At Socketplane we started out as four guys with a collectively strong belief in open source and open communities. We aligned around a shared vision that we wanted to be a critical part of Docker’s once in a decade disruption. Now that we are part of the Docker team, we couldn’t be happier.
We never looked to hedge our bets, our success was and obviously still is tied to the success of Docker. While there are many reasons that we decided to join the team, first and foremost Docker is unlike any other projects we have worked on in the past; the focus on user experience and simplicity is unmatched. Our early work with Docker during the open network design sprints gave us clear indications that the Docker maintainers were interested in being good open source stewards for the networking community in a project with an already staggering community of users and contributors. We also saw a genuine desire from Docker leadership to do right by both, individual contributors and the ecosystem. That made it all the more easy to jump in head first.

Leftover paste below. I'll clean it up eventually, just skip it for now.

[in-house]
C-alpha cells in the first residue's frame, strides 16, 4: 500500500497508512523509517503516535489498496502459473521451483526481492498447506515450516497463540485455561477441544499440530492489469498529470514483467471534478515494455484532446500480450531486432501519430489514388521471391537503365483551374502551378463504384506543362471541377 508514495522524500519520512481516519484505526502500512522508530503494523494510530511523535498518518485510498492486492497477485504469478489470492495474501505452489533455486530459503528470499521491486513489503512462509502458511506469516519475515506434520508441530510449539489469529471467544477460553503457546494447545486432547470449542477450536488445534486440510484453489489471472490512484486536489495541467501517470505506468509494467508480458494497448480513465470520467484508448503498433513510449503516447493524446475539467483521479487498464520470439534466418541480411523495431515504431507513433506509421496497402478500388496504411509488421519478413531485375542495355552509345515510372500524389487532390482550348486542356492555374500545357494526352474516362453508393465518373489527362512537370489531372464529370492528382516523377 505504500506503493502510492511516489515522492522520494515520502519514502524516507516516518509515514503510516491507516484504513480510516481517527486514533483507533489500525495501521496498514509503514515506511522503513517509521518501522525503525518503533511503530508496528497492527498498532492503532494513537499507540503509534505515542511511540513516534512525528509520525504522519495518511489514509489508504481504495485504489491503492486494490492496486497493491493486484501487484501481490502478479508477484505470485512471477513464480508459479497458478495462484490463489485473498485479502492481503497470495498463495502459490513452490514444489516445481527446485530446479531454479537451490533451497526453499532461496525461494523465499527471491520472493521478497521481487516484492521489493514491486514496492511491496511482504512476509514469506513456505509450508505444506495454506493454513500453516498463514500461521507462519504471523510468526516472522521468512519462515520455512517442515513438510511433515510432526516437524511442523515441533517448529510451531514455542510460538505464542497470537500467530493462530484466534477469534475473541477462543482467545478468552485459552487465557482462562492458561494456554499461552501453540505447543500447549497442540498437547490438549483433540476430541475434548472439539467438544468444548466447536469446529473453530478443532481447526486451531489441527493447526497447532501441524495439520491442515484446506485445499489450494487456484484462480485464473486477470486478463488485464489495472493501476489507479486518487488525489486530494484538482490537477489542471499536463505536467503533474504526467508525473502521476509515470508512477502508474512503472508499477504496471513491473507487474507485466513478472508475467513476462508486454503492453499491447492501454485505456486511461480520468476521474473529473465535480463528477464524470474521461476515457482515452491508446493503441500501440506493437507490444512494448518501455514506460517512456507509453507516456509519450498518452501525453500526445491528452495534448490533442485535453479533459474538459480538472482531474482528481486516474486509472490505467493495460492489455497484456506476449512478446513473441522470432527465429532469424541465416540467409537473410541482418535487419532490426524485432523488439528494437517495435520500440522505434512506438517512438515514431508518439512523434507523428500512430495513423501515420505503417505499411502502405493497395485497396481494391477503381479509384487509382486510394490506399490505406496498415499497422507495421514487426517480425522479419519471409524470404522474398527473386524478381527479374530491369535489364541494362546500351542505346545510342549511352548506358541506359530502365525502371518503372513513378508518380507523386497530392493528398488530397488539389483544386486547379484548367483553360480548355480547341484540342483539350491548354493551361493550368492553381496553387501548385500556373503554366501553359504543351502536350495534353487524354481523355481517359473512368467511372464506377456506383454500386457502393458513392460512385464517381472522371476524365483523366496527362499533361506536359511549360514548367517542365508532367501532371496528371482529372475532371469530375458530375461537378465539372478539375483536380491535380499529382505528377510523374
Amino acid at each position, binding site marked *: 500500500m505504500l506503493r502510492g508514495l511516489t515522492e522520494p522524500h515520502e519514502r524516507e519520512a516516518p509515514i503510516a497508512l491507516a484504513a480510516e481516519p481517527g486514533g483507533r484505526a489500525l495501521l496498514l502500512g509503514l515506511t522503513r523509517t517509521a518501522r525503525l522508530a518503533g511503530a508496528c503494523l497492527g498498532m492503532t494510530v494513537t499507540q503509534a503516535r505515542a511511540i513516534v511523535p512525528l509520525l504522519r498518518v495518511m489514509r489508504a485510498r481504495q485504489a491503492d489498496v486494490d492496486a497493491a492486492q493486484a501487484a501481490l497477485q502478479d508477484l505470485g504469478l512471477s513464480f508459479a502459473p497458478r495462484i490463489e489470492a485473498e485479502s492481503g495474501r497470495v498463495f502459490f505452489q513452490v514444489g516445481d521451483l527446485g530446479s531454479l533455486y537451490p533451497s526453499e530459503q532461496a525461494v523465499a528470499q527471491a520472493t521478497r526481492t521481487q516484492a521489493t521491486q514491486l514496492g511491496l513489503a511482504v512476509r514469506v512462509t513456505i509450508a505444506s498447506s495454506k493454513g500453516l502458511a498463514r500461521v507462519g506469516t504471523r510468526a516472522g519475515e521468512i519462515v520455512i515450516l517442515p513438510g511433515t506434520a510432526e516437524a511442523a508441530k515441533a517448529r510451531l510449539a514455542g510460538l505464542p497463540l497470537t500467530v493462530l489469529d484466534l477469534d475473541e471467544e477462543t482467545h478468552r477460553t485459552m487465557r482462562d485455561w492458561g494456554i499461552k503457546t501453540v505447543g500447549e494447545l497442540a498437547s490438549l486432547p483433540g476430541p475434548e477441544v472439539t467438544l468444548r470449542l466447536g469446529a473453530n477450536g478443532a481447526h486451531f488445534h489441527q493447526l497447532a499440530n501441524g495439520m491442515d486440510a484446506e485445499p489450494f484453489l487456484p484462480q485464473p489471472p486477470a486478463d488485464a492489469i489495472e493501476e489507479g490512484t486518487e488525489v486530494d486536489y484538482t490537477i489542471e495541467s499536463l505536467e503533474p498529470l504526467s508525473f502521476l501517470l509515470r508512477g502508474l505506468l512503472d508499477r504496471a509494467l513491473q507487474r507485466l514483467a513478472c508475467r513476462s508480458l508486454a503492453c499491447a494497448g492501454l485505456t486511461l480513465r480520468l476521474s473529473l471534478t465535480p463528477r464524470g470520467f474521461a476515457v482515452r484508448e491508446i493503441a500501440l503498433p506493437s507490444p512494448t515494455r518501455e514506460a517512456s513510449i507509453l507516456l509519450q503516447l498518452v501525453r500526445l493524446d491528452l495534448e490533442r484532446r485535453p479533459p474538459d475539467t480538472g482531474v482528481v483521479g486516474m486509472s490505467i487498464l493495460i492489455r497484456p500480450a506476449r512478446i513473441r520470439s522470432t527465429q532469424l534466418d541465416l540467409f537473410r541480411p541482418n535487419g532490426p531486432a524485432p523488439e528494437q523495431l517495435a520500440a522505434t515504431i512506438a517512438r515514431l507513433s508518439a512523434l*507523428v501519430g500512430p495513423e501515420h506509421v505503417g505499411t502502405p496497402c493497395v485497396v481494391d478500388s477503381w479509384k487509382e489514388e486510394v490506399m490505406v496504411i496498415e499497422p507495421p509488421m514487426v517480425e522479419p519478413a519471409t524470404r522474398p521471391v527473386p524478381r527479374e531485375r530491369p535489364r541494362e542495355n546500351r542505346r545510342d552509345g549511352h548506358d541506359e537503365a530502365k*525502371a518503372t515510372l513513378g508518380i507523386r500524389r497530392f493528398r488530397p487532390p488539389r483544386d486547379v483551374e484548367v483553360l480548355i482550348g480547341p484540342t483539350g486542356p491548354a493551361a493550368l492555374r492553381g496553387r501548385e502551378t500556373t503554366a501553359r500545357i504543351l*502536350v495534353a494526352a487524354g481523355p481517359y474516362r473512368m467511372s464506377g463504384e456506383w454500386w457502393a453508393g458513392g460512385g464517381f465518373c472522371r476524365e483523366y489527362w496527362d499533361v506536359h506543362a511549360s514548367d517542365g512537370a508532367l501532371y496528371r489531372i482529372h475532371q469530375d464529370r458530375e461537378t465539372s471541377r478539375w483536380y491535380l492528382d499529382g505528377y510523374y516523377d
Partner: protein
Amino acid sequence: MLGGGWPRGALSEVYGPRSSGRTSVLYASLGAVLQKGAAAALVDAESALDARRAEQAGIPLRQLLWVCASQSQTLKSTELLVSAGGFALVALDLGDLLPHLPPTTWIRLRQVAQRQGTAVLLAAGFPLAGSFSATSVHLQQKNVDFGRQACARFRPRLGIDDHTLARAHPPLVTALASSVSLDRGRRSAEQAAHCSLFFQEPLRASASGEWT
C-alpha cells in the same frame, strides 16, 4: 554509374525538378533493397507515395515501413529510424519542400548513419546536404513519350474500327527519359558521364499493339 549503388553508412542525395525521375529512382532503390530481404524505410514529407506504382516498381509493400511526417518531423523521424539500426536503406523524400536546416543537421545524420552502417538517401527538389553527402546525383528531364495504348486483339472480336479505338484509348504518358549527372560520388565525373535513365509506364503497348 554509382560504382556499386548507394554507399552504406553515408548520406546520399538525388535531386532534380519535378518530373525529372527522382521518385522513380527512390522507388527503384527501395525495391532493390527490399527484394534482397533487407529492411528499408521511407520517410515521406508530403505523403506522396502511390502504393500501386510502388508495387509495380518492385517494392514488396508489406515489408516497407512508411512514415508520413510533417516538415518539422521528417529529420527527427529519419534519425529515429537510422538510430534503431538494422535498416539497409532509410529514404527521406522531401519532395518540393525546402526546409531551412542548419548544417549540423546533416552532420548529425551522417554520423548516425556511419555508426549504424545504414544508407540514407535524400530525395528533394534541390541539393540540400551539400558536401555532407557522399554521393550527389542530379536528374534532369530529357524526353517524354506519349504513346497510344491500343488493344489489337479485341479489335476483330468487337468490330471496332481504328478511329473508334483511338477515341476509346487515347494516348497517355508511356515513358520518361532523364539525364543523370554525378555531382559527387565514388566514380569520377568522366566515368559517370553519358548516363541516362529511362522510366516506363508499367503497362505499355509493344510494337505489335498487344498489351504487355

The majority of users want networking to just work, but just as importantly, integrate into their existing networks. Focusing on a “batteries included but swappable” approach, addresses a fair amount of well known simple deployments that developers care about. This enables opportunity for partners and ecosystem to address their customer use-cases.
Being part of Docker allows us to continue to collaborate with partners that have shown early interest in Docker networking including but not limited to: Cisco, IBM, Joyent, Microsoft, Rancher, VMware and Weave. Our explicit focus is to lead the collaboration around a rich set of APIs that will empower these partners to create enterprise-class networking solutions that will further drive the adoption of multi-container, multi-host distributed applications.
We are excited at the opportunity to work at Docker and are just as excited to support the community in making the complex appear easy and enabling partners to succeed in solving their users problems in a Dockerized world.
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